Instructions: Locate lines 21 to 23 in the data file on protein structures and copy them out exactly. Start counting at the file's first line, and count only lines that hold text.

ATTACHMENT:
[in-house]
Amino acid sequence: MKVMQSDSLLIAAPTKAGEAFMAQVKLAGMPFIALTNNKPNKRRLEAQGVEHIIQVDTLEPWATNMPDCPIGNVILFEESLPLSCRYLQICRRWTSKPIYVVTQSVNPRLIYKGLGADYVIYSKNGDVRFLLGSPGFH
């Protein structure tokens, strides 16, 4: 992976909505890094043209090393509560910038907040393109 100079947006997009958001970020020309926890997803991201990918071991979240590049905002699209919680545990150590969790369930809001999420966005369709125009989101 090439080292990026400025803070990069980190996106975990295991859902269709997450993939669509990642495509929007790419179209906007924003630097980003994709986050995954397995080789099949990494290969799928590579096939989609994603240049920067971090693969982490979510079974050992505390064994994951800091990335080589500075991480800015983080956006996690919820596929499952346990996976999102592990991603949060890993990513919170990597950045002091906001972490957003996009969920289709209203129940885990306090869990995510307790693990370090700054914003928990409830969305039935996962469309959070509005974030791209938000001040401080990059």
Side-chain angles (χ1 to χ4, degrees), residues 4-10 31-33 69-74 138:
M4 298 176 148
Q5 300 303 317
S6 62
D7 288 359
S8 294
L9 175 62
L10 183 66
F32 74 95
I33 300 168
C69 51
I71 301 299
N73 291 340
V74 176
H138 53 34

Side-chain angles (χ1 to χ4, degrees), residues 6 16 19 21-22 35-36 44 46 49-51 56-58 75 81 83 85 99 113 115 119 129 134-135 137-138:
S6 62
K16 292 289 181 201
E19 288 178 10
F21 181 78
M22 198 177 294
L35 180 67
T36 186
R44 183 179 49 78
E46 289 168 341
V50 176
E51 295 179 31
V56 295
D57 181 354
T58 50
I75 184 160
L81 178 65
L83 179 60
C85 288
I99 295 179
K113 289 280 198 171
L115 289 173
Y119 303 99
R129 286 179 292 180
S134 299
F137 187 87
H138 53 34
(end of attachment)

K16 292 289 181 201
E19 288 178 10
F21 181 78